I've just spent a happy hour reading Milly Molly Mandy stories and found them to be the perfect cure for a bad case of discontent.
Too much time spent looking at interior and lifestyle blogs (mostly Scandinavian) had me making a list of things my home lacked. After a couple of pages I realised that to achieve the desired look of timeless, pared down simplicity I would not only need pots of money but also would need to replace all the man-made surfaces in my home with natural ones. This would include new windows, floors and kitchen and possibly a new house. I resolved to stop wanting stuff and be happy with what I had. I had Milly Molly Mandy.
Milly Molly Mandy whose real name was of course Millicent Margaret Amanda lived sometime in the 20s or 30s in a small English village with her family. She was the creation of Joyce Lankester Brisley who wrote and illustrated the stories. The illustrations are black and white. The colour has been added by me, not when I was a child but when I bought copies of the books for my daughter about 5 years ago. I never could resist colouring them in, and I bet I wasn't the only one.
My favourite picture was always the map at the front of each book showing the village where Milly Molly Mandy lived. Click on the picture to see it bigger.
Milly Molly Mandy's world was one of simple childhood pleasures; a day spent fishing in the stream with Billy Blunt, sledging in the snow, camping out in the field, blackberrying, cooking potatoes and sausages on a bonfire, running down to the village shop for a quarter of raspberry drops or aniseed balls, making a patchwork tea cosy, writing letters to a pen pal, picking mushrooms in the early morning dew, eating 'lid potatoes' in front of the fire with Little Friend Susan.
Here they are, Milly Molly Mandy and Little Friend Susan off blackberrying sensibly dressed in stout boots with walking sticks to hook down the brambles. Mother waves goodbye untroubled by thoughts of child molesters or speeding cars, she's deciding what to do with the blackberries -jam, jelly, tarts, stewed with apple....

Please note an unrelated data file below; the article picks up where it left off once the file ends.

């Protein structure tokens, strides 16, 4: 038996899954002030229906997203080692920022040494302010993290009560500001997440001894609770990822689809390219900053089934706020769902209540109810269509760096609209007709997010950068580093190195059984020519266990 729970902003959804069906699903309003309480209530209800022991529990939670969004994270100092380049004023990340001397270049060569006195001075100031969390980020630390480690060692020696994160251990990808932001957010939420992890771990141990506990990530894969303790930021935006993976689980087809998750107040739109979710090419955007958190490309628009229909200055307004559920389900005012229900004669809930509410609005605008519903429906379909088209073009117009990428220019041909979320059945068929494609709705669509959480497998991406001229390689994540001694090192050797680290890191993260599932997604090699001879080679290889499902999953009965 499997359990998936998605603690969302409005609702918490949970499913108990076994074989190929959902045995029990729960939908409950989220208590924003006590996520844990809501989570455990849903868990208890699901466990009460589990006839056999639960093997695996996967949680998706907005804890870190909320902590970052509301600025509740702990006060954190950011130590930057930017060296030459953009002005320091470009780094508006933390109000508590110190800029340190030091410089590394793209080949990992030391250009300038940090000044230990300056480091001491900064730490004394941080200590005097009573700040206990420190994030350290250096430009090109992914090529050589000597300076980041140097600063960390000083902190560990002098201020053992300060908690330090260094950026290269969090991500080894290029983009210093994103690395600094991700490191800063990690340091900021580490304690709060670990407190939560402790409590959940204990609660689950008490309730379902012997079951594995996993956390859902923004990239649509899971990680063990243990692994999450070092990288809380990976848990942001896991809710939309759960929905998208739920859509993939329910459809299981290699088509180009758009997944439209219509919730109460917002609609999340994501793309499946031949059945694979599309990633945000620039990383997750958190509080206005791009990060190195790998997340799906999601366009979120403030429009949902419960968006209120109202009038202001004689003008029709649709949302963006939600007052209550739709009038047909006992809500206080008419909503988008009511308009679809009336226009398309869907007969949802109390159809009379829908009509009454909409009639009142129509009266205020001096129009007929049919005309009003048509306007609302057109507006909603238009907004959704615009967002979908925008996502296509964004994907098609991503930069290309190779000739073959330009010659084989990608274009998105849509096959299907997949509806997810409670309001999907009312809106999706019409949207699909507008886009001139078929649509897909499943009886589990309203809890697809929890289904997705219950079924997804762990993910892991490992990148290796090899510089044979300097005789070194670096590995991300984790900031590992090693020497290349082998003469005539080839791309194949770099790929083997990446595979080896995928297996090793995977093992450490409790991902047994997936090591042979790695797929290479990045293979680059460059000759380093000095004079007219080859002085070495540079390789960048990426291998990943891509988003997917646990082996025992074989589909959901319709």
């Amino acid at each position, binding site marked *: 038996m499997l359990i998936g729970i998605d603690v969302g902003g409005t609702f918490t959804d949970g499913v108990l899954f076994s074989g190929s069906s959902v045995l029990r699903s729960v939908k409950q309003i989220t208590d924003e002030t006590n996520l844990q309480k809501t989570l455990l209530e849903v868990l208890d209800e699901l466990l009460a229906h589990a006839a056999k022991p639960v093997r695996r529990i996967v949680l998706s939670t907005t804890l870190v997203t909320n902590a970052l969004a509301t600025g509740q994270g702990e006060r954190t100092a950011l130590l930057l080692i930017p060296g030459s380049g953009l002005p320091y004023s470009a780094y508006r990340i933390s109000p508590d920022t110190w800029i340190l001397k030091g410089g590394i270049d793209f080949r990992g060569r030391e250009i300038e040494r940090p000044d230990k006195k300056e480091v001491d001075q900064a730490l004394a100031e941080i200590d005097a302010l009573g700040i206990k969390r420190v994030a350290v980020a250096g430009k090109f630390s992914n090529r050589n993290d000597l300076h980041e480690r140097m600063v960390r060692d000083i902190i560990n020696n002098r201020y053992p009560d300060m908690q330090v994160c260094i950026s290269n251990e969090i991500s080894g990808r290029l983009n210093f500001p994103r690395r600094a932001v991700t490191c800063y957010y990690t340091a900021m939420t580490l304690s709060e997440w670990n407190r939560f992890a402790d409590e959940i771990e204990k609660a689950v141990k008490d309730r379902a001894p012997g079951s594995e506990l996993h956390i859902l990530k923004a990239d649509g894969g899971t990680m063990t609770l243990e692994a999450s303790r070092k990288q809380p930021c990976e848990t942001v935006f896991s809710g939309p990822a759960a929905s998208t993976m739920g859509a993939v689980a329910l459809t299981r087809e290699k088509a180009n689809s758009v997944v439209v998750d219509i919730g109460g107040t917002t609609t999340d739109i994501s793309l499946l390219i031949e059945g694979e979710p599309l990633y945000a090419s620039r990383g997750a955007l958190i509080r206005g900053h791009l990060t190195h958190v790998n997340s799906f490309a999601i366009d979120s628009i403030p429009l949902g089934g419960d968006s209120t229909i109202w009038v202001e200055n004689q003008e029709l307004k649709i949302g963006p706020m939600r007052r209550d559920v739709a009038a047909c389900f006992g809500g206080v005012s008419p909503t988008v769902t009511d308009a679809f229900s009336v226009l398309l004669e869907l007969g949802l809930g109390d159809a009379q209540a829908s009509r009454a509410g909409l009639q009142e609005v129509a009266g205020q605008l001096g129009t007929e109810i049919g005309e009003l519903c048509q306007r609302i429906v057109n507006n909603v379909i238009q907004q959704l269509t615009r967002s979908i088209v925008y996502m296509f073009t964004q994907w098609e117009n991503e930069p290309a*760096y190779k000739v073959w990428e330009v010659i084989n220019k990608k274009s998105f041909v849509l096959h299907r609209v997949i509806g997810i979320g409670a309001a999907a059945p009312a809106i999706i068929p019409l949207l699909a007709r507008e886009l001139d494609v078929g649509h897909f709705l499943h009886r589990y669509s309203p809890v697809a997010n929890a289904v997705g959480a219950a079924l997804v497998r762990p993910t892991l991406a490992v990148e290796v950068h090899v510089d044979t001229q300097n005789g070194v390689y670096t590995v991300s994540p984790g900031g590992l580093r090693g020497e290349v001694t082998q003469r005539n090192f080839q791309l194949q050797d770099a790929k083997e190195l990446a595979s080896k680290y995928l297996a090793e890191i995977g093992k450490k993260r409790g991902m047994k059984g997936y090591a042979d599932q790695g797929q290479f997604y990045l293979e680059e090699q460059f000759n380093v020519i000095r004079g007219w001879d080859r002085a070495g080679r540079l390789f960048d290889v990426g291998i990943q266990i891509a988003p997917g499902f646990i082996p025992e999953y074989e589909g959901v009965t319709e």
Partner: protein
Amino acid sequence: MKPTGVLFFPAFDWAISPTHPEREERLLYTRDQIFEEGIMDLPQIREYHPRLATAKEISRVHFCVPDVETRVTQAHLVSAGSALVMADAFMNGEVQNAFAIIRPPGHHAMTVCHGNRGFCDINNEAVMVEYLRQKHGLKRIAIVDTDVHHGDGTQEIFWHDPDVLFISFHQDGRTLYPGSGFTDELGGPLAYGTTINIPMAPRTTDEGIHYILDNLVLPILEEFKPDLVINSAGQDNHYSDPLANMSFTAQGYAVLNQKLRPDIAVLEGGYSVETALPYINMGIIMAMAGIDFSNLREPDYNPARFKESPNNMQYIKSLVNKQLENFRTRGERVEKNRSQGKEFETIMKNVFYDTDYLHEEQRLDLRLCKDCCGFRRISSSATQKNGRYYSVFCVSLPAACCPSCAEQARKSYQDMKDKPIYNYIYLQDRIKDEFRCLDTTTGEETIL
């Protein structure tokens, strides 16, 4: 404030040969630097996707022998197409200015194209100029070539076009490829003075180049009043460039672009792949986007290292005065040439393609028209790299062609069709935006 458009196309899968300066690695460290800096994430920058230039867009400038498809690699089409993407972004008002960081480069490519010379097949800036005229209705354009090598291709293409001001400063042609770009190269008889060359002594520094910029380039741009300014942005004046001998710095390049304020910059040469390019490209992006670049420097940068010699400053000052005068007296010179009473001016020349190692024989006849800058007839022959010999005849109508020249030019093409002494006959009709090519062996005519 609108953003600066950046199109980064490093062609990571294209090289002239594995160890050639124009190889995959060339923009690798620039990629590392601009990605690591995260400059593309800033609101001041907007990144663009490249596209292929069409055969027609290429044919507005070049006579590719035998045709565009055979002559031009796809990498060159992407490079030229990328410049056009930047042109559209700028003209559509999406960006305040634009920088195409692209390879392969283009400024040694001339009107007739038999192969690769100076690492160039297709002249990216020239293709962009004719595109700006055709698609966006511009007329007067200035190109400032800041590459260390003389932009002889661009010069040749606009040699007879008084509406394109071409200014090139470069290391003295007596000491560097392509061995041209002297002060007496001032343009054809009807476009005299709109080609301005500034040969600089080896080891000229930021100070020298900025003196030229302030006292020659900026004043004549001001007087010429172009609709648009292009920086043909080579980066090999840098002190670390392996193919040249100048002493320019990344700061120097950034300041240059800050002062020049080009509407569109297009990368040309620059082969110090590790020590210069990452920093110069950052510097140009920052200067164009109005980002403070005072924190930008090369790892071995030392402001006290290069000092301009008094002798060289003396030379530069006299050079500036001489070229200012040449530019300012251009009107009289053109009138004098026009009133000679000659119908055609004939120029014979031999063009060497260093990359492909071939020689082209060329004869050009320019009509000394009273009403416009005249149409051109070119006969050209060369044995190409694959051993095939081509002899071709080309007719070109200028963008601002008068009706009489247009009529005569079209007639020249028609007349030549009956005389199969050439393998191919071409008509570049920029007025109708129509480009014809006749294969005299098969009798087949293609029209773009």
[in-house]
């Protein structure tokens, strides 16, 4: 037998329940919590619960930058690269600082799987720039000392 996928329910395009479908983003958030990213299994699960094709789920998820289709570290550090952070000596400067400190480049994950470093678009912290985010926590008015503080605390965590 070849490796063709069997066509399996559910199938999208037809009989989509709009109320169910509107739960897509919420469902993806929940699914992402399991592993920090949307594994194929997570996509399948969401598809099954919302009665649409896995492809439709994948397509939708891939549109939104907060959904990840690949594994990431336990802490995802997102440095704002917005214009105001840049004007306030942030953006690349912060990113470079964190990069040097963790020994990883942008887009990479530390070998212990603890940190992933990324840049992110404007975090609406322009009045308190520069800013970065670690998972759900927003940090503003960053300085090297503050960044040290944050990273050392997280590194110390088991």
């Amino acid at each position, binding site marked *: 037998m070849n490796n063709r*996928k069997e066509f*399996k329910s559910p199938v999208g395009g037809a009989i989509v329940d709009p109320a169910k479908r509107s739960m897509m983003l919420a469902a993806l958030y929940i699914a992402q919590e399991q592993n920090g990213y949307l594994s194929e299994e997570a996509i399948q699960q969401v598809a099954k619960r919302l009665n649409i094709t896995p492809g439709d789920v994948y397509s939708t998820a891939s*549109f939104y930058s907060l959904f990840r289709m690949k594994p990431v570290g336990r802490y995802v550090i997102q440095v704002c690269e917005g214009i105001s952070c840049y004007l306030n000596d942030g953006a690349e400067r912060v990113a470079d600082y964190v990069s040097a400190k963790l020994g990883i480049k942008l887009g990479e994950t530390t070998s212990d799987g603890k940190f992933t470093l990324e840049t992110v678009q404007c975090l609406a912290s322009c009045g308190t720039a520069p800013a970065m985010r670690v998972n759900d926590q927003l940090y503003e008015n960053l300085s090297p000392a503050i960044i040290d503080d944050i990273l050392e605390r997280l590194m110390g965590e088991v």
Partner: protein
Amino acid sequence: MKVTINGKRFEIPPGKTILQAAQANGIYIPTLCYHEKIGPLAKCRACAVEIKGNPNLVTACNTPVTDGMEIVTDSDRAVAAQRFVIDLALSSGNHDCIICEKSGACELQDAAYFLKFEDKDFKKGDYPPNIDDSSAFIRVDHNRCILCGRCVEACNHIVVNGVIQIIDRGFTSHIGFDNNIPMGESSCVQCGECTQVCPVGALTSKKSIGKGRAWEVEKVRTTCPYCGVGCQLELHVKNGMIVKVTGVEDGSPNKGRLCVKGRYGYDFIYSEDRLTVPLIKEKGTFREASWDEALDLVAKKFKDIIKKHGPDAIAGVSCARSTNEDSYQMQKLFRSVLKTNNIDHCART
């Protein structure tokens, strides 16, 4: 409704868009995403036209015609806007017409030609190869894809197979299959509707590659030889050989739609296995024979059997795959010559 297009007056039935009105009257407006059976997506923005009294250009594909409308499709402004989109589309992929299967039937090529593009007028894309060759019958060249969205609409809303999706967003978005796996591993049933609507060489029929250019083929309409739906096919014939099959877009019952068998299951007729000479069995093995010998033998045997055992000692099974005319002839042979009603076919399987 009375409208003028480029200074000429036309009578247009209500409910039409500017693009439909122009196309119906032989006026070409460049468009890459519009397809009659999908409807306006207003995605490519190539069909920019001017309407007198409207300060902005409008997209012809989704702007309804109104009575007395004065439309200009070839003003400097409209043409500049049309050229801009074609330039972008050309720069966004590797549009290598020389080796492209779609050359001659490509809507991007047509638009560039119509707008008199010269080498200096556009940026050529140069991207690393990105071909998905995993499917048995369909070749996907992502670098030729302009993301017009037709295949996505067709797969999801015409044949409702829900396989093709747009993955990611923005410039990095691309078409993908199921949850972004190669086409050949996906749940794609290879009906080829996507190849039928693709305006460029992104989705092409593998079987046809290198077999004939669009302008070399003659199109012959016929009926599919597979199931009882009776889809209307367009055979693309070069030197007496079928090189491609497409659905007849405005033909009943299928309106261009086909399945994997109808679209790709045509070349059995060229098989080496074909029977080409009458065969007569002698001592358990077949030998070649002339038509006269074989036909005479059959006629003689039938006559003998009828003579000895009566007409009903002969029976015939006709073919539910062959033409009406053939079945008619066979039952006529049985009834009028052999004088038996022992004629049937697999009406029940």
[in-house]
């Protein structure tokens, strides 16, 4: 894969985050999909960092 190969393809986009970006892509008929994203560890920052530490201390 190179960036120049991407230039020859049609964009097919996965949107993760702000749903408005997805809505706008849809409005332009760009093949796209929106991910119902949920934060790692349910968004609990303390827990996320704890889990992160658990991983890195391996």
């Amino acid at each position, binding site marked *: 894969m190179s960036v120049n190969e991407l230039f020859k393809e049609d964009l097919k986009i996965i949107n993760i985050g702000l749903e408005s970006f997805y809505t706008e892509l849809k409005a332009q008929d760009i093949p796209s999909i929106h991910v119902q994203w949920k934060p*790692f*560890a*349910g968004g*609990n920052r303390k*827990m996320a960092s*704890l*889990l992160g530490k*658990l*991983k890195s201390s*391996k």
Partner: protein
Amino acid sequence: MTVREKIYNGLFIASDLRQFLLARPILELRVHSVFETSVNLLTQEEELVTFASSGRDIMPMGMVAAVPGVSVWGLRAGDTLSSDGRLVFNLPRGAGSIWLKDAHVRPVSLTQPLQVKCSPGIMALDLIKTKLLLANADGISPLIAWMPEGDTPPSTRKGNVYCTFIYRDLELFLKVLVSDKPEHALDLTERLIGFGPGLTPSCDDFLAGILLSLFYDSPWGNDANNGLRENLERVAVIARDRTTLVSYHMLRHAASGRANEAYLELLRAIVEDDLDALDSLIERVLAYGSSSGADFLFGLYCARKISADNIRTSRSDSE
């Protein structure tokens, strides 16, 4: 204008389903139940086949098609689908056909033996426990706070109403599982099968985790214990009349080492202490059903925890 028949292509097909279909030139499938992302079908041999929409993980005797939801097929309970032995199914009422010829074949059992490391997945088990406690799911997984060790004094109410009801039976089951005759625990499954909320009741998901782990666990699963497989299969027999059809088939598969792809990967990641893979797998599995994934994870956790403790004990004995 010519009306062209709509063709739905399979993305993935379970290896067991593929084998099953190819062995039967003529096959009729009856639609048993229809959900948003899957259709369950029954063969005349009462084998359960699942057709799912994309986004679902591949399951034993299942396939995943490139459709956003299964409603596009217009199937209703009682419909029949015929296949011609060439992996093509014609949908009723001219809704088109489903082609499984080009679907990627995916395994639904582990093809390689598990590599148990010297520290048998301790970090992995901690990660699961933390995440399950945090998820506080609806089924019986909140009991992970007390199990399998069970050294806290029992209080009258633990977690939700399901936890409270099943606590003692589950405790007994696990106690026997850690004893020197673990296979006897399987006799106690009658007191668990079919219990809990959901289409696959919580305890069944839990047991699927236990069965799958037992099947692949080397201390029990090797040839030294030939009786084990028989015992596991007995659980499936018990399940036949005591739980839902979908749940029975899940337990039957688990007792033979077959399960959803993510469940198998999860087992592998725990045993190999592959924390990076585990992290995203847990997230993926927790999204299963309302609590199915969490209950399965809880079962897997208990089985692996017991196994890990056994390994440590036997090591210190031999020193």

Isn't this just the perfect kitchen? Look how uncluttered this room is. Nothing in it that isn't necessary.
My favourite story -Milly Molly Mandy Has a Surprise. The surprise is that the little storeroom used for storing the jam is converted to become Milly Molly Mandy's very own bedroom. How I love the colour scheme -primrose yellow walls and apple green curtains, coverlet and dresser and a yellow pot of nasturtiums on the windowsill. I must get round to colouring this one in. Look how few things a child needs to be happy.
The treehouse constructed by Uncle in a hollow oak tree. What a wonderful den although I expect modern recommendations would be to have a handrail on that ladder.
Fyring onions. Here Milly Molly Mandy, Little Friend Susan and Billy Blunt are alone in the cottage frying onions on a range which doesn't appear to have any kind of safety guard. They also have bread and dripping to eat which is surely a health risk. Heavens! Billy Blunt even has a penknife and he is clearly no where near his 16th birthday I'm not sure he's even over 10!
It is the descriptions of food that I love best in these stories. Milly Molly Mandy food is plain, simple and appetising. The perfect antidote to the current obsession with the new and the novel, the treat-y and the luxurious. Do I need After Eight cookies, goat's cheese in puff pastry, marinated olives, coconut curry or strawberry meringues? All I really need is a packet of bread and butter, a hard-boiled egg, an apple and perhaps a slab of Muvver's fruit cake to round it off.